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Rubio, Lummis, Colleagues To DOJ: We Don’t Need A Federal No-Fly List For Unruly Passengers

Feb 18, 2022 | Press Releases

Washington, D.C. – U.S. Senator Marco Rubio (R-FL) joined Senator Cynthia Lummis (R-WY) and six Republican colleagues in sending a letter to Attorney General Merrick Garland urging him to reject Delta Airlines’ call for the creation of a federal no-fly list for disruptive passengers. In the letter, the Senators noted that such a list would effectively equate unruly passengers with potential terrorists already listed on the current no-fly list.

Click here to see a full list of cosponsors. 

The full text of the letter is below.

Dear Attorney General Garland,

Your office received a letter from Delta Airlines on February 3, 2022. In that letter, Delta indicated their desire for the U.S. Department of Justice (DOJ) to create a comprehensive “no-fly” list. This list would presumably include any airline passenger who has been convicted of any on-board disruption. As a result, those passengers would subsequently be banned from using any commercial air service provider moving forward. We write today to express our strong opposition to the creation of such a list.

While airlines are currently free to deny service to any individual over past transgressions on their flights, the federal government’s role in denying access to the commercial aviation network has been limited to ensuring that suspected terrorists remain off of domestic flights. According to data from the Federal Aviation Administration, the majority of recent infractions on airplanes have been in relation to the mask mandate from the Transportation Security Administration (TSA). While we strongly condemn any violence toward airline workers, there is significant uncertainty around the efficacy of this mandate, as highlighted by the CEO of Southwest Airlines during a recent Senate Commerce, Science, and Transportation Committee hearing. Creating a federal ‘no-fly’ list for unruly passengers who are skeptical of this mandate would seemingly equate them to terrorists who seek to actively take the lives of Americans and perpetrate attacks on the homeland. The TSA was created in the wake of 9/11 to protect Americans from future horrific attacks, not to regulate human behavior onboard flights.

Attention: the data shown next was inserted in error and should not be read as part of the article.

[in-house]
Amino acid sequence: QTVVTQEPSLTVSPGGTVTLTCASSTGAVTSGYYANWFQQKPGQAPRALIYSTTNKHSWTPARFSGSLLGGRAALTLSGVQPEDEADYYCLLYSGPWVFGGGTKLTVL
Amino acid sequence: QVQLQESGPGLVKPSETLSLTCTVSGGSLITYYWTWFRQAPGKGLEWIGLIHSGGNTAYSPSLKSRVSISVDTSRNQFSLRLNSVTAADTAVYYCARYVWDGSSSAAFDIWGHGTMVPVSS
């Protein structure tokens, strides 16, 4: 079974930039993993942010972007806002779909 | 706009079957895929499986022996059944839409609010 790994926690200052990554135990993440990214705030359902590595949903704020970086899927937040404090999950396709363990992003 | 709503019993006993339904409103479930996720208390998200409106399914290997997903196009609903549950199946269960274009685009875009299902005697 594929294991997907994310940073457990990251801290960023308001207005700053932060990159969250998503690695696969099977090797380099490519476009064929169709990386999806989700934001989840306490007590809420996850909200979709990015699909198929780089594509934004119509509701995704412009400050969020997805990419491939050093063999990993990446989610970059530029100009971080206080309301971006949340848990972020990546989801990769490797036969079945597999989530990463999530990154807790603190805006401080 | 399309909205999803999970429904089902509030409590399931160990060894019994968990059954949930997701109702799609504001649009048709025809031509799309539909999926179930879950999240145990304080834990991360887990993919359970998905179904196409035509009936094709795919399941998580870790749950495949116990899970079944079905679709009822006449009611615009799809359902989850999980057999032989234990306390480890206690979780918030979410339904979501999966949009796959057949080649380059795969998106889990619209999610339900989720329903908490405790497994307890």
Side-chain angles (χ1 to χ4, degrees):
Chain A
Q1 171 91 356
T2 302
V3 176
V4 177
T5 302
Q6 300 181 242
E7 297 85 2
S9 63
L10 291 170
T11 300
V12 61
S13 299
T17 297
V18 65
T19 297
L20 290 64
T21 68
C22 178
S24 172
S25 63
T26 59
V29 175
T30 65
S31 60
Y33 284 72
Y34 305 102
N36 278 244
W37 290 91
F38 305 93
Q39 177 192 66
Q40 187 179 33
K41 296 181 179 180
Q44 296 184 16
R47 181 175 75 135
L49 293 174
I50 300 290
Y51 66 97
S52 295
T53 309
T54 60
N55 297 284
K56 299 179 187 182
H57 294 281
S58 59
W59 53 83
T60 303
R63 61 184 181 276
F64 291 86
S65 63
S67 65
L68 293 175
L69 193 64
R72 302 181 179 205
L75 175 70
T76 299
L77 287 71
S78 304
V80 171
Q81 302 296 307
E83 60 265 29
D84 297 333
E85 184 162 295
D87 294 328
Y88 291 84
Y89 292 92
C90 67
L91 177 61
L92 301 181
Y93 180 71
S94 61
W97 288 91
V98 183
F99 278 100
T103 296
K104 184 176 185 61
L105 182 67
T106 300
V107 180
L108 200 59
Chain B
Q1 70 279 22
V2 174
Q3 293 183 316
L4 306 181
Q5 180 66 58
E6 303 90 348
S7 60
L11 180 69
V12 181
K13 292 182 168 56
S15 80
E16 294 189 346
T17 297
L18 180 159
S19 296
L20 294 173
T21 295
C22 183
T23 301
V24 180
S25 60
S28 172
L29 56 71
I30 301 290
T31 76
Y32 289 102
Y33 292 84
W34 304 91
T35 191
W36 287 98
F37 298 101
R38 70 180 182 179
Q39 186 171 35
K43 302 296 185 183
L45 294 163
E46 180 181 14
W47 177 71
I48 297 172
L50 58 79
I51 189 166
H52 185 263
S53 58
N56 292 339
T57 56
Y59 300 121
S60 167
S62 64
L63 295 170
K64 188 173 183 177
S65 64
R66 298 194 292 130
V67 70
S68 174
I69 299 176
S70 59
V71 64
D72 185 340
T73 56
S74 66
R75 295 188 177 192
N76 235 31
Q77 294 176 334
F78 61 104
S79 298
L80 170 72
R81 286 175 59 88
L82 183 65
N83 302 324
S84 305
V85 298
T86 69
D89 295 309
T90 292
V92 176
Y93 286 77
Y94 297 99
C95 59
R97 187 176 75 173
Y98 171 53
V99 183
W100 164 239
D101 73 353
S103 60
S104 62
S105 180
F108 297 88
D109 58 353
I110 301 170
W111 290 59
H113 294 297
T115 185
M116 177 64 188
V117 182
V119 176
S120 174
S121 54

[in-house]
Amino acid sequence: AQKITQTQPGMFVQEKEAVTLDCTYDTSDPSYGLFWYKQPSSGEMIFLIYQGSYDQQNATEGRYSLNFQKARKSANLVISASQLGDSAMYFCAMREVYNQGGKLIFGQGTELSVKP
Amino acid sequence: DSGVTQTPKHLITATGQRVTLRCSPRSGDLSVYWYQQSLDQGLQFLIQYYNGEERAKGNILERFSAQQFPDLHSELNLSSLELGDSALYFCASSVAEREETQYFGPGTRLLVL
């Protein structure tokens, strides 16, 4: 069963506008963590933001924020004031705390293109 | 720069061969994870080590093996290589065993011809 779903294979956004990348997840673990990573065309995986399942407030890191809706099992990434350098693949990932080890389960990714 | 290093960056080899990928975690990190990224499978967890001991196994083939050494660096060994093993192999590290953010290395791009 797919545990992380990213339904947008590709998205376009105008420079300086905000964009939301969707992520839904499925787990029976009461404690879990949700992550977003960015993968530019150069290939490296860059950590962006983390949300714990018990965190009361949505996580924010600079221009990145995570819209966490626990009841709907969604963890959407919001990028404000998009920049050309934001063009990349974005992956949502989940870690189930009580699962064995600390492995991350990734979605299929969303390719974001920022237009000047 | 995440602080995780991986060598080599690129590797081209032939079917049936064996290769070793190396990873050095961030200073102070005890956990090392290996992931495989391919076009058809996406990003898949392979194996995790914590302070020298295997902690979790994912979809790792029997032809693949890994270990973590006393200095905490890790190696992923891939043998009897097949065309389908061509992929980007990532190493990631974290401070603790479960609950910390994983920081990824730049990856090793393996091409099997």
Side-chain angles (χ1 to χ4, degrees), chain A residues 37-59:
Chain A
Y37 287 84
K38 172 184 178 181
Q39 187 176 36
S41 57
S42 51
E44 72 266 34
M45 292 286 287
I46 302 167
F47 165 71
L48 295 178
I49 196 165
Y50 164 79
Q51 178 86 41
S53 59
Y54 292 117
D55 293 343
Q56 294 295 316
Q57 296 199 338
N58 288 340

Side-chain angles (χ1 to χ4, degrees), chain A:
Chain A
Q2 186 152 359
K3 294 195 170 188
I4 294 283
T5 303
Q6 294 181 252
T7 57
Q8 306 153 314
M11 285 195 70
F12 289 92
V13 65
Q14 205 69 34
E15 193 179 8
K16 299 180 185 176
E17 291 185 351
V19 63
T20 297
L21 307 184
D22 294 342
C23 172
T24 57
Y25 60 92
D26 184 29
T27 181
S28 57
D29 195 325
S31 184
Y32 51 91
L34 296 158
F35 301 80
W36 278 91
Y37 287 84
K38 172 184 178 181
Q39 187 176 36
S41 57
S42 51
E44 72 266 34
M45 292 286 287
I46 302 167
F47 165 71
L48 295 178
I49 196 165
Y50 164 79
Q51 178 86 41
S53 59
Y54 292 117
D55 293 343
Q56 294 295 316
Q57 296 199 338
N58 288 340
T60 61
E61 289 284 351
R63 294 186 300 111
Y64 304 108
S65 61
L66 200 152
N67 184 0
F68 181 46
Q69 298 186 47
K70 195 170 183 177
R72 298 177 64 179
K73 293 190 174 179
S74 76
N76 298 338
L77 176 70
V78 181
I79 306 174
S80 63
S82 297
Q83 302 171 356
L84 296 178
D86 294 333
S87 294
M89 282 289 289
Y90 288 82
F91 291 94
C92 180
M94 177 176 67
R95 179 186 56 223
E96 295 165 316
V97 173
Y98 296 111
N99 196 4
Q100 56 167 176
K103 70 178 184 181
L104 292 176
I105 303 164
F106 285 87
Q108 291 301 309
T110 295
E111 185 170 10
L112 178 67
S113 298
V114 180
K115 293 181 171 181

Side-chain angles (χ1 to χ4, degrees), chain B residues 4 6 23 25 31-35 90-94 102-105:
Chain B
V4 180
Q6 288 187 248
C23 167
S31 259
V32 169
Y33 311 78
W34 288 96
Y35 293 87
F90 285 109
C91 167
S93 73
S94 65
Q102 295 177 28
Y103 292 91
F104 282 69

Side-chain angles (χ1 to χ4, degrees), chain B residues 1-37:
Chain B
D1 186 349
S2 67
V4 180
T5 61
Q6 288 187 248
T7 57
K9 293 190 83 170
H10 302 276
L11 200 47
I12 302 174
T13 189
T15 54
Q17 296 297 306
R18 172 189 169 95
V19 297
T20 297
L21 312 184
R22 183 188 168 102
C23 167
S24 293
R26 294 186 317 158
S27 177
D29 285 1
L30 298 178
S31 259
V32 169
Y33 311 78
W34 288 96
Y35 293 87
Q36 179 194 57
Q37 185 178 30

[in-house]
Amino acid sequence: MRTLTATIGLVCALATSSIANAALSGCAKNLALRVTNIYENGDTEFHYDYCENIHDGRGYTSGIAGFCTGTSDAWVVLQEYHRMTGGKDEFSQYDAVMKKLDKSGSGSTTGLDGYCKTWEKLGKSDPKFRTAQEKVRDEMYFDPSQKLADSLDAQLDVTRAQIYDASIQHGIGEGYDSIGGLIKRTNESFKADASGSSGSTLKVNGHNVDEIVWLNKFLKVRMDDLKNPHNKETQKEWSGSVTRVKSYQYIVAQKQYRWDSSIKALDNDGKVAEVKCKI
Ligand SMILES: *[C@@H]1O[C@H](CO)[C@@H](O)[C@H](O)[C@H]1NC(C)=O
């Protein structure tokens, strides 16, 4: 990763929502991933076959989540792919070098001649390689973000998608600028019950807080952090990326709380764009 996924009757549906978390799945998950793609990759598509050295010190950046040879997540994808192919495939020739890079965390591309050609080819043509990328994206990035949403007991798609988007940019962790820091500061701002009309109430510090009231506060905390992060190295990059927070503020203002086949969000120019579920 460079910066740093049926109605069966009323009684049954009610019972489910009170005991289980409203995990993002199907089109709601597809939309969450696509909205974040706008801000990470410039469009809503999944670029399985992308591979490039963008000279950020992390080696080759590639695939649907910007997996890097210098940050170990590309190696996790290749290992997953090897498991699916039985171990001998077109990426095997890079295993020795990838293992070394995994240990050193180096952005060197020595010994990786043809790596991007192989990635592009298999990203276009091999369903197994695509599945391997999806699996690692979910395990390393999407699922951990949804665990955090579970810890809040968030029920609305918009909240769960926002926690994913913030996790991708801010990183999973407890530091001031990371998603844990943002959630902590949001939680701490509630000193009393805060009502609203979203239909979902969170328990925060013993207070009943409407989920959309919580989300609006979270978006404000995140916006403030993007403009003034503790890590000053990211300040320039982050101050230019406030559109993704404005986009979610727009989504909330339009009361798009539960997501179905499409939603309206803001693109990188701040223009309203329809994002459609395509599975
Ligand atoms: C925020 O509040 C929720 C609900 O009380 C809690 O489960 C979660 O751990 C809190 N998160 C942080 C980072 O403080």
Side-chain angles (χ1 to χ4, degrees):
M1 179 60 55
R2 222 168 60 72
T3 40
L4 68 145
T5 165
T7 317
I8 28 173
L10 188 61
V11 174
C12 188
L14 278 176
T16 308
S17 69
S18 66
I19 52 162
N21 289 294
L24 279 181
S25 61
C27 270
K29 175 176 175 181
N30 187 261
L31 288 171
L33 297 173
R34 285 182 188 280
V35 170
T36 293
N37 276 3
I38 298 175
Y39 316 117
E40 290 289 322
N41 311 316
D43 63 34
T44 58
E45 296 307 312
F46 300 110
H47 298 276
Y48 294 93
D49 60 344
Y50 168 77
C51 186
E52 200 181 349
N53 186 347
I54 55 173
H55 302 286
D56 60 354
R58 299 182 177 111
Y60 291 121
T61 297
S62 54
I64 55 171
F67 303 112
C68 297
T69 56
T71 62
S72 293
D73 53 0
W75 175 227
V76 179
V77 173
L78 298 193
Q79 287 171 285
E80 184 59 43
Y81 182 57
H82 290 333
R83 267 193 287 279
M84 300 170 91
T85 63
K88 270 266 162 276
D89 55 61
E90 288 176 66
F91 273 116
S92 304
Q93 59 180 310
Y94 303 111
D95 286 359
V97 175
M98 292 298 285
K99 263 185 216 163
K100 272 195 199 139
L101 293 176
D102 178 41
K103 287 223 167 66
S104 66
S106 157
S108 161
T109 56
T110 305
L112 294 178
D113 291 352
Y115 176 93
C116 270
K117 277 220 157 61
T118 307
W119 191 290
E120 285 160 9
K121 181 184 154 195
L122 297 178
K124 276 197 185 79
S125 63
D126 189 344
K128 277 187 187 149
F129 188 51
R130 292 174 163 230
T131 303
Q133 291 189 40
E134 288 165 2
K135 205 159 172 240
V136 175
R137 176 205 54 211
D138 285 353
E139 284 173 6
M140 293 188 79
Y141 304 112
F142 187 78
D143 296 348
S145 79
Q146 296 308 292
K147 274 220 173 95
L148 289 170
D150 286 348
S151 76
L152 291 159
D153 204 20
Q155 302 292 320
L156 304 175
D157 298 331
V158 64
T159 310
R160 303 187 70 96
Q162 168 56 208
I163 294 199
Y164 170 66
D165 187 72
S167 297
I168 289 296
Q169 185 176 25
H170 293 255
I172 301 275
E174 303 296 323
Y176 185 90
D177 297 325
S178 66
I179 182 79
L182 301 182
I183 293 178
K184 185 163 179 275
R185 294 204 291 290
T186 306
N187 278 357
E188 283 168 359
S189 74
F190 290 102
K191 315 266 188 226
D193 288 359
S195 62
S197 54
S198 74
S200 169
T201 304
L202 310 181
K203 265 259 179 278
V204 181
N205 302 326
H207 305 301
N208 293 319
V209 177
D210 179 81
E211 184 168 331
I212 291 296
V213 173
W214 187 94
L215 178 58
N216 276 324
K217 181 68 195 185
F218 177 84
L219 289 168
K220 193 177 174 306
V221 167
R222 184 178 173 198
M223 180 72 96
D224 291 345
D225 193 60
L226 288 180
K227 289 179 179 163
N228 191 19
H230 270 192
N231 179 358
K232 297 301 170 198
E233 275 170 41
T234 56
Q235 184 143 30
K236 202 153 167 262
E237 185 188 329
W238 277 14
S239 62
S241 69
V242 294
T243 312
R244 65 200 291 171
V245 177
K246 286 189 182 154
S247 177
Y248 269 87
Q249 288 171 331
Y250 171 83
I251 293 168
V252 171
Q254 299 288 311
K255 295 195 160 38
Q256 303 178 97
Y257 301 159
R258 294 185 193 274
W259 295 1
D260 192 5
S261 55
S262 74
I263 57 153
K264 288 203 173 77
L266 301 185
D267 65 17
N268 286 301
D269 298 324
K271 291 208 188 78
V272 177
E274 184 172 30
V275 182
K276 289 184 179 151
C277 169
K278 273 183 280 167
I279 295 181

Congress delegate authority to the TSA to “consider requiring passenger air carriers to share passenger lists” in order to identify “individuals who may pose a threat to aviation safety or national security.” The TSA’s existing ‘no-fly’ list for suspected terrorists is already controversial due to its lack of transparency and its due process concerns. However, the TSA has rightly chosen not to create a consolidated ‘no-fly’ list for passengers convicted of non-terrorist, on-board disruptions. The creation of this list by the DOJ would result in a severe restriction on the ability of citizens to fully exercise their constitutional right to engage in interstate transportation. It also raises serious concerns about future unrelated uses and potential expansions of the list based on political pressures. If the airlines seek to have such a list created, they would be best served presenting that request before Congress rather than relying on a loose interpretation of a decades-old statue originally written to combat terrorism. Absent any updated expressed directive from Congress, we strongly urge the DOJ to reject this request.